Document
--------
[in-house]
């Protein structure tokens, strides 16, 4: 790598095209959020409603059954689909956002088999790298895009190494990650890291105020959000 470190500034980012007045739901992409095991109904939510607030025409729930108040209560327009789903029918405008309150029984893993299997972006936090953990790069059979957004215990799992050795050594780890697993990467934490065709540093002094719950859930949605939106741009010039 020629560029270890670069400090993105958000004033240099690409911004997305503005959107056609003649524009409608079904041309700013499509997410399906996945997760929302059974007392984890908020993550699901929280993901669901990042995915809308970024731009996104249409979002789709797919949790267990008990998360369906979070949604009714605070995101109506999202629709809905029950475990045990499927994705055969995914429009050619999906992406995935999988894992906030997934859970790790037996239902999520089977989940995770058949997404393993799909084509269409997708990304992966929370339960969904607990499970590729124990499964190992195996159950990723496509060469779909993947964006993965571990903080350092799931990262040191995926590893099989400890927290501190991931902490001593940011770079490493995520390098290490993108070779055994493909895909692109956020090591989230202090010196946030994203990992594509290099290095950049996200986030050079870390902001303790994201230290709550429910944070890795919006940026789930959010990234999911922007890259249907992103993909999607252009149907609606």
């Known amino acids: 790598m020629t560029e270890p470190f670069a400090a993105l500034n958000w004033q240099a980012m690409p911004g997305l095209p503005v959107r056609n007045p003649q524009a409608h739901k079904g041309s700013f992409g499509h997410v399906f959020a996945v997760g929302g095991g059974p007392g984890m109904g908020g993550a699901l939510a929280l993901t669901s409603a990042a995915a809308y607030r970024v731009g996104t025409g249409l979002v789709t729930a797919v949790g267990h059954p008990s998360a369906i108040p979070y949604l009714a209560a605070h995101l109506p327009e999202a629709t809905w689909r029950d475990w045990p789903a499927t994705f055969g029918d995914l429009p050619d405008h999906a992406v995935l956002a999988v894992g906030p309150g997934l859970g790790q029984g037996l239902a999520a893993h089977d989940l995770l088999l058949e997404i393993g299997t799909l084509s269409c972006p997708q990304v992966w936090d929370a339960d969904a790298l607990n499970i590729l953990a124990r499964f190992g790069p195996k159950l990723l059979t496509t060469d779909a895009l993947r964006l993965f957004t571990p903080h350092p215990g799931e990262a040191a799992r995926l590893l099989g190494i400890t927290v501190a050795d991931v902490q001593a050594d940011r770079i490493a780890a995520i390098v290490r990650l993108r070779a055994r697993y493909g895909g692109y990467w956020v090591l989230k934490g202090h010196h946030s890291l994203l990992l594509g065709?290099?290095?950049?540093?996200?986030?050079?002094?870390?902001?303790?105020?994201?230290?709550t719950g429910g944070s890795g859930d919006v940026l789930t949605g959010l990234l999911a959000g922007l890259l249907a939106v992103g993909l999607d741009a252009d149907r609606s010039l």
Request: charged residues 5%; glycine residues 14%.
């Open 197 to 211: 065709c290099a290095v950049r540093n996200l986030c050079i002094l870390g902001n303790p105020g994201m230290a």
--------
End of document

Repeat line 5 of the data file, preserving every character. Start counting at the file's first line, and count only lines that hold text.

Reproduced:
């Open 197 to 211: 065709c290099a290095v950049r540093n996200l986030c050079i002094l870390g902001n303790p105020g994201m230290a």